Thursday, June 26, 2008

how'd that xxx-rated stuff get on my computer?

Cause Way Thursday
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I remember searching under a title having to do with men's health - know what popped-up on my screen? Ever had a similar experience? It is frightening - then it created a loop that was almost impossible to get out of ... and then my wife walked in. [uncle jim]
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our teens are our future -
www dot WhatAreTheyReallyDoing dot com
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Youth Culture Window
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An Inside Look At the Online Lives of Teens
David R. Smith
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Most nights found “Dylan” in front of his laptop looking at online pornography when his parents thought he was asleep. We know that teens love the Internet…so why is it that 41% of parents are still clueless about their kids’ use of it?

Here’s one simple example of the glaring misunderstanding between kids and parents when it comes to kids’ use of the Internet. A new study by Norton Online Living claims that kids spend almost 20 hours online each week. Does that amount shock you? Maybe, maybe not. But it DID shock the parents of the same group of kids who thought their children only spent 2 hours online each week!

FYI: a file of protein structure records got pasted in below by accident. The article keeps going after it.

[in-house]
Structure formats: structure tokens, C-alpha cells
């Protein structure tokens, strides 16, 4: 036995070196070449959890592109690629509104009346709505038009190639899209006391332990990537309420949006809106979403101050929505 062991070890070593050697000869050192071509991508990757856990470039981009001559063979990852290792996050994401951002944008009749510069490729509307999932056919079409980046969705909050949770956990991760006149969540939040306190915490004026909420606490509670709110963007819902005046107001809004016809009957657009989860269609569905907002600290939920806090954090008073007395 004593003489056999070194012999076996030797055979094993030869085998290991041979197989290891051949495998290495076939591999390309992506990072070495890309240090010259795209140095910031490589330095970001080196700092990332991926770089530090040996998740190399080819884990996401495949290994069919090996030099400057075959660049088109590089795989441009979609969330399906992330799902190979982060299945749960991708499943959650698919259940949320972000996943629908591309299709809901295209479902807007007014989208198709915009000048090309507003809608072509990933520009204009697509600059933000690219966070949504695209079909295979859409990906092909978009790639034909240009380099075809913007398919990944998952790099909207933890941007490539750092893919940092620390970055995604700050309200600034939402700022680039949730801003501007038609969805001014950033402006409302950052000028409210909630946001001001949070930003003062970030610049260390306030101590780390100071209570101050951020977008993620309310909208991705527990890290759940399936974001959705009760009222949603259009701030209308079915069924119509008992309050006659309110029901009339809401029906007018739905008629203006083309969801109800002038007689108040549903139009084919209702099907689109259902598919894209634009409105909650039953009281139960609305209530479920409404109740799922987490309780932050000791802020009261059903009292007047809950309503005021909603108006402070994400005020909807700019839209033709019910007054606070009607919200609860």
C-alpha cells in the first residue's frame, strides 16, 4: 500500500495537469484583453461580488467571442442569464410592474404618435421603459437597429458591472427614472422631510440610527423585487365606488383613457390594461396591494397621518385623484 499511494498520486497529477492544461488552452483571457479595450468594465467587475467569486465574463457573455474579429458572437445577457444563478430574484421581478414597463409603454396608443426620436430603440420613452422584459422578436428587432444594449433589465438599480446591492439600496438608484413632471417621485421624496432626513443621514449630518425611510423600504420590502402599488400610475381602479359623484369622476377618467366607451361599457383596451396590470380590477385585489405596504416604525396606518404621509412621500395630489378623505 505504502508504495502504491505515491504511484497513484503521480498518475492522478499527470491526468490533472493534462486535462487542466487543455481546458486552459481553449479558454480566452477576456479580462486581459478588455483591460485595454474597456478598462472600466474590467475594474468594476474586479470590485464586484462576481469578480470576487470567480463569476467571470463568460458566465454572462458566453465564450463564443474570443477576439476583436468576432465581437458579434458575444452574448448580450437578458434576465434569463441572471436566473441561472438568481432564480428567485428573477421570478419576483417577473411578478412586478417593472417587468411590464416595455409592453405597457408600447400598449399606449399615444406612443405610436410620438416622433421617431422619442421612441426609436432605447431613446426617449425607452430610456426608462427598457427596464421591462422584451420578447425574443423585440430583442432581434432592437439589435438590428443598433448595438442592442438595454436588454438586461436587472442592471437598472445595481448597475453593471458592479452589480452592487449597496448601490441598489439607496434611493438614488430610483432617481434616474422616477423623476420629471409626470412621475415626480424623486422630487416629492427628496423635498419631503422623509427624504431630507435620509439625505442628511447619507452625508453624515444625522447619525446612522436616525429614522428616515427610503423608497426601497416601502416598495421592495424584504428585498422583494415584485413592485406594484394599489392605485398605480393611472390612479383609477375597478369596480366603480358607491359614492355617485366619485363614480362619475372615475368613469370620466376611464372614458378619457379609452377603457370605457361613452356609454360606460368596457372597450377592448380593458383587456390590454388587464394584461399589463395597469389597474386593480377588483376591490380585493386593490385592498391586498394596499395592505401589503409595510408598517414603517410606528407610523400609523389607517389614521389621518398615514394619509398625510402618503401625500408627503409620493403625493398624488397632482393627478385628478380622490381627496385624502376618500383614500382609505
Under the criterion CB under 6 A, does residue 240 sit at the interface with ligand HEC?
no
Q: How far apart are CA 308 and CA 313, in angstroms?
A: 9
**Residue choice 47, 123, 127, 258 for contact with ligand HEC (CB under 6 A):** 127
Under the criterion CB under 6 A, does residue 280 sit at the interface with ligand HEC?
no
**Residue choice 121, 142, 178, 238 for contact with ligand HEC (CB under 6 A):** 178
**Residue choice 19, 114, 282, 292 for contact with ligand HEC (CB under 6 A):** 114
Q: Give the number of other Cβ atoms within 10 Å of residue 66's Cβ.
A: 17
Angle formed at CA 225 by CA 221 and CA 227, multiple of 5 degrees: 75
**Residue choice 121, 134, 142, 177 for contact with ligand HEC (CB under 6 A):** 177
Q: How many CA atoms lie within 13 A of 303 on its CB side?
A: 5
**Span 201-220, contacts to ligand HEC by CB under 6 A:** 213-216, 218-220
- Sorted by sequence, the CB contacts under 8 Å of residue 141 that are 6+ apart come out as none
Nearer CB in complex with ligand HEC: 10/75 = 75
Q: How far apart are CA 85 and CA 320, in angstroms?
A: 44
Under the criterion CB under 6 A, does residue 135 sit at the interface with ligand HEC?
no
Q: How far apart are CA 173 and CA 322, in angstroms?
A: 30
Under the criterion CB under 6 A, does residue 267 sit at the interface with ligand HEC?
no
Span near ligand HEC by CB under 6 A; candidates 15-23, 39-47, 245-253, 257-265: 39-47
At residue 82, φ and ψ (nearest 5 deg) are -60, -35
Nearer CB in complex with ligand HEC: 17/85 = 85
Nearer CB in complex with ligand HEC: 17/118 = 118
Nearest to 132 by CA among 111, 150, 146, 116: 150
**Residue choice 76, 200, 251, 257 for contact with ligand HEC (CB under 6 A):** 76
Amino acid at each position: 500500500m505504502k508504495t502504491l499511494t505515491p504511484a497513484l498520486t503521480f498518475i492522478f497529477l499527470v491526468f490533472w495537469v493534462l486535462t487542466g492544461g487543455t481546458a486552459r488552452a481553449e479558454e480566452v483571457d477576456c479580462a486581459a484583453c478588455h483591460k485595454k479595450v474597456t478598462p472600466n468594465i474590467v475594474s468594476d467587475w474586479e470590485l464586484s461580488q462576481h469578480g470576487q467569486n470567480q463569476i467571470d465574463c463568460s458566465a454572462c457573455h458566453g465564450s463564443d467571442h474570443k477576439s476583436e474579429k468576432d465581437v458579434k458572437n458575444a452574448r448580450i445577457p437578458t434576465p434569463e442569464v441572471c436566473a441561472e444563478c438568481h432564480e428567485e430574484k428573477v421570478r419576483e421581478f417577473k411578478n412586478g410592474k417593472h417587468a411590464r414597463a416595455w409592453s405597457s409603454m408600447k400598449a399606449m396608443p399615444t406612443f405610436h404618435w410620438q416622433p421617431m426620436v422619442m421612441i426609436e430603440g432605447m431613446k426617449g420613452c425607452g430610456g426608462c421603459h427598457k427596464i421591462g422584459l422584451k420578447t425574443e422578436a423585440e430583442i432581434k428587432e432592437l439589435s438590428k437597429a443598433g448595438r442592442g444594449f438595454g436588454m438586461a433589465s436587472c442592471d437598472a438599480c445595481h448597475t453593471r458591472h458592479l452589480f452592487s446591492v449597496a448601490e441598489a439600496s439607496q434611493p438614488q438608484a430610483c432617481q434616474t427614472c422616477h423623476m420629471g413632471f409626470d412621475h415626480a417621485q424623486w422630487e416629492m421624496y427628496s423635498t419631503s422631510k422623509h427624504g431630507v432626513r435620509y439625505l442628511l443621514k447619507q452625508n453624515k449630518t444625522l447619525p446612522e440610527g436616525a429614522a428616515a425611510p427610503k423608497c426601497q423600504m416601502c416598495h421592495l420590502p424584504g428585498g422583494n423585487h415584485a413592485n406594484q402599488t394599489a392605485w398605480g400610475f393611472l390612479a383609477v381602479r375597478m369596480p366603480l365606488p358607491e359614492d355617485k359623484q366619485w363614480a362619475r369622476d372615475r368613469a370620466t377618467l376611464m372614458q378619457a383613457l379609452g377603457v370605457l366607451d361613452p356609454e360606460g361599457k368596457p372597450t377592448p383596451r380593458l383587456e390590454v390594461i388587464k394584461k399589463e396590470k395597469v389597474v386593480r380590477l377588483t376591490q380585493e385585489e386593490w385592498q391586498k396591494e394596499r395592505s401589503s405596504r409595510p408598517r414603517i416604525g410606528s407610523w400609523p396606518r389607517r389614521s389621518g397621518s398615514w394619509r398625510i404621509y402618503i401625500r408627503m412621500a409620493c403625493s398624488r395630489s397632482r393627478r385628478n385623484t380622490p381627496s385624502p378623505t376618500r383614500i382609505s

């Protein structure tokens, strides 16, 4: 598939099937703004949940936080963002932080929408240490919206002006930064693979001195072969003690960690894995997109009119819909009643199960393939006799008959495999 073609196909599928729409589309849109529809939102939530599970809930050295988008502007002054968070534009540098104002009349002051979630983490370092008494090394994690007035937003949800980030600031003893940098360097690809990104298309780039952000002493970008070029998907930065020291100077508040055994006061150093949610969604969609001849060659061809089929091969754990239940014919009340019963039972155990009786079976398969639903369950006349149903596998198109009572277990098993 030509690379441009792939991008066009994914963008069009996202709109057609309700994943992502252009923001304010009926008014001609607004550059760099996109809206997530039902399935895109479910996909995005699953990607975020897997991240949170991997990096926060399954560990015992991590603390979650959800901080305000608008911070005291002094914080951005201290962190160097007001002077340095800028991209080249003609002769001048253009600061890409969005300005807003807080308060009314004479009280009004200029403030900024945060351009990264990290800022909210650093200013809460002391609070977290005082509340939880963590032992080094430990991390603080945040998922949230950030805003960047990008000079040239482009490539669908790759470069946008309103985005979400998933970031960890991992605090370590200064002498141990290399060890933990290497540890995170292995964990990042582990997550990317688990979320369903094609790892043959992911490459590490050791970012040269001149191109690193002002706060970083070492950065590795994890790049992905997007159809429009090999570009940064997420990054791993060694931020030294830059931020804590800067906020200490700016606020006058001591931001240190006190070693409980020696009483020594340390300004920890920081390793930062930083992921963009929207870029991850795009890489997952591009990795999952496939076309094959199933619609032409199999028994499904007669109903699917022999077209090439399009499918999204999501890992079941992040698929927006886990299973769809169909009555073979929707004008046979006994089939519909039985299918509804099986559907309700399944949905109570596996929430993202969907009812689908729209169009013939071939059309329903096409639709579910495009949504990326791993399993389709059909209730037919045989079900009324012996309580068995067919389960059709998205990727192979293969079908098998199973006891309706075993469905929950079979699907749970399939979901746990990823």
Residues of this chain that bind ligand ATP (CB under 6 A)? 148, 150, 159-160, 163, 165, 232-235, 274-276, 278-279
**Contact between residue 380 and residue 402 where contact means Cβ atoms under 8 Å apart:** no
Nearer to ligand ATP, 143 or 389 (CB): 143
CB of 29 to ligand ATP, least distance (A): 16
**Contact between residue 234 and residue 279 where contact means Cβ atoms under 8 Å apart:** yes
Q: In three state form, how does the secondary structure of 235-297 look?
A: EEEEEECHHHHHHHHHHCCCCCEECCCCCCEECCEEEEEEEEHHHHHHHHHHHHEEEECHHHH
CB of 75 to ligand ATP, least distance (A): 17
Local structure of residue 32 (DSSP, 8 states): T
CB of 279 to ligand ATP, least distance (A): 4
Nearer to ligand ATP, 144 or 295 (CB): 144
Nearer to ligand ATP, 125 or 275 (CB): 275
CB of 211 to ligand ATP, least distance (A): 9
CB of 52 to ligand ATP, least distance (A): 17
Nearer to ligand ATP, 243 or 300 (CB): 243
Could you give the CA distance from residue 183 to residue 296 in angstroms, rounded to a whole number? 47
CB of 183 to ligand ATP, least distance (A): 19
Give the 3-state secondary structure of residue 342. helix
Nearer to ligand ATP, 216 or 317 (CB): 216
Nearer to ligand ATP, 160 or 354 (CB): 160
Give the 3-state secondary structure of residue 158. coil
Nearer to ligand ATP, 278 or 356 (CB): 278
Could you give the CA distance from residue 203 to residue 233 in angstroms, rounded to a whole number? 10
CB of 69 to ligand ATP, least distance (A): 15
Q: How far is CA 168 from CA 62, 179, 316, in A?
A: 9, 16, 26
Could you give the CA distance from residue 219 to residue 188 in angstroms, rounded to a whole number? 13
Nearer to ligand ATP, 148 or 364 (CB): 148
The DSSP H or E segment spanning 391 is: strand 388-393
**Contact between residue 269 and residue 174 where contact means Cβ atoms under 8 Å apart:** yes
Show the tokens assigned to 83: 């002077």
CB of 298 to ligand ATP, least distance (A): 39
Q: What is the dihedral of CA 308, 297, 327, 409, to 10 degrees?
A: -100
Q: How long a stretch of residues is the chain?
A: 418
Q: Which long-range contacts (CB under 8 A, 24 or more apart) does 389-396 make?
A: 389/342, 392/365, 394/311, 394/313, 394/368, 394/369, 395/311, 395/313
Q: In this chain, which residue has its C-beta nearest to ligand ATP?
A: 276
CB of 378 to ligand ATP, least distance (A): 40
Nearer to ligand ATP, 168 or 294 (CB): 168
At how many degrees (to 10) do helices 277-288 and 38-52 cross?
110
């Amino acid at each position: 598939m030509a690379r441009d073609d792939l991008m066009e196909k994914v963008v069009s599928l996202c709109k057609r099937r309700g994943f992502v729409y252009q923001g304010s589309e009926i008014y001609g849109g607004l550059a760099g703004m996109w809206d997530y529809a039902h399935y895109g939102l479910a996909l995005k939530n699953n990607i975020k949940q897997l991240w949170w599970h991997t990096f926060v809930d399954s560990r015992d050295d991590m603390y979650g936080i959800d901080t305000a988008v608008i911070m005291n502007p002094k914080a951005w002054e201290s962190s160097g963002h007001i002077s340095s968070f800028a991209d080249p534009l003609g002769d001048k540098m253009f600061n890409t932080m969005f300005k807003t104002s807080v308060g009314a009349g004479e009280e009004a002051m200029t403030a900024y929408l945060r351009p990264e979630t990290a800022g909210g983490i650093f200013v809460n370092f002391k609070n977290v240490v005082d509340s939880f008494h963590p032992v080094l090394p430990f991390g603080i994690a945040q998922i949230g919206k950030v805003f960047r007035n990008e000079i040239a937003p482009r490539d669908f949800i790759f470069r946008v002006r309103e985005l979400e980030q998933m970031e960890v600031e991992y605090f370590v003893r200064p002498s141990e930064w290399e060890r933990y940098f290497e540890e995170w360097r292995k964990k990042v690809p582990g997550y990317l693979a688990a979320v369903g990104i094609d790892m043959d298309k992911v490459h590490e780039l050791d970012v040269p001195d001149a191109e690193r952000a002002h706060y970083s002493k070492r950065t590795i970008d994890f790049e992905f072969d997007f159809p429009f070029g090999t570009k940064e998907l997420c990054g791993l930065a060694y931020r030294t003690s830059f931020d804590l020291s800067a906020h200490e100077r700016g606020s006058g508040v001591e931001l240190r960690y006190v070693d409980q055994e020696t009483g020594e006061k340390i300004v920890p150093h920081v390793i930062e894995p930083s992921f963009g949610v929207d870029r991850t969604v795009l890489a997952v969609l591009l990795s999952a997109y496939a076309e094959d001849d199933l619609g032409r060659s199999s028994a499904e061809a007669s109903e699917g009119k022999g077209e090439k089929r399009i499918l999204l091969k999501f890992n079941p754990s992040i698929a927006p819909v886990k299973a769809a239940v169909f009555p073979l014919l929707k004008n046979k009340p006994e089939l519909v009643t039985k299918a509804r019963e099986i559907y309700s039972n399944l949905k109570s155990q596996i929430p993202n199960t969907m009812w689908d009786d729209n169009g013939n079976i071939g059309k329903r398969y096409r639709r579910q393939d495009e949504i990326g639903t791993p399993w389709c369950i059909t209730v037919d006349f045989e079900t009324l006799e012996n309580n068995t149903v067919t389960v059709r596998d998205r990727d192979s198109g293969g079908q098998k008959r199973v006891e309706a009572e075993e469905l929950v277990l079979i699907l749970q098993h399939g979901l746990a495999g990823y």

Are these 41% of parents just disconnected from their kids, or, do these kids intentionally keep mom and dad in the dark?

A Quick Test
Whether you’re a parent or a youth worker, take a moment and answer each of the following questions?

  1. How much time do your kids spend online in a typical week?

  2. Do your kids have a Facebook and/or MySpace profile? If so, are you a “friend” of theirs?

  3. What are they actually doing when they connect to the WWW?

  4. What are their favorite sites to visit?

Many parents do not have the “right” answers to these questions. Sadly, many more don’t have an answer at all.

What Kids Are Up To Online
We’re aware of most of the dangers associated with the Internet. Like my student “Dylan,” we know that teens can stumble onto porn sites; they might also be solicited by a sexual predator. They could even be a target for the ever-increasing trend known as cyber-bullying, which made news again last week because of its potential connection to this teen’s suicide in the UK.

[boys at left just got "busted" - mom came in the room]

But, they could just be watching hour after hour of goofy streaming videos. (Nielsen says the average for 12-17 year olds is about 132 minutes per month, making them the biggest group of viewers.) Or perhaps they’re spending untold hours simply “hanging” with friends in virtual worlds or social networks. Who knows?

Not you if you don’t ask.

Fortunately for us, the Norton Report mentioned above has invested some time into studying teenagers’ Internet habits. Of the students polled in the US:

  • 35% say they “make friends” online. (That percentage increases the older they get.)

  • 76% visit social-networking sites (Facebook, MySpace, and Bebo).

  • 35% of students claimed to be shopping while connected.

  • 42% of them admitted receiving an online request for personal information.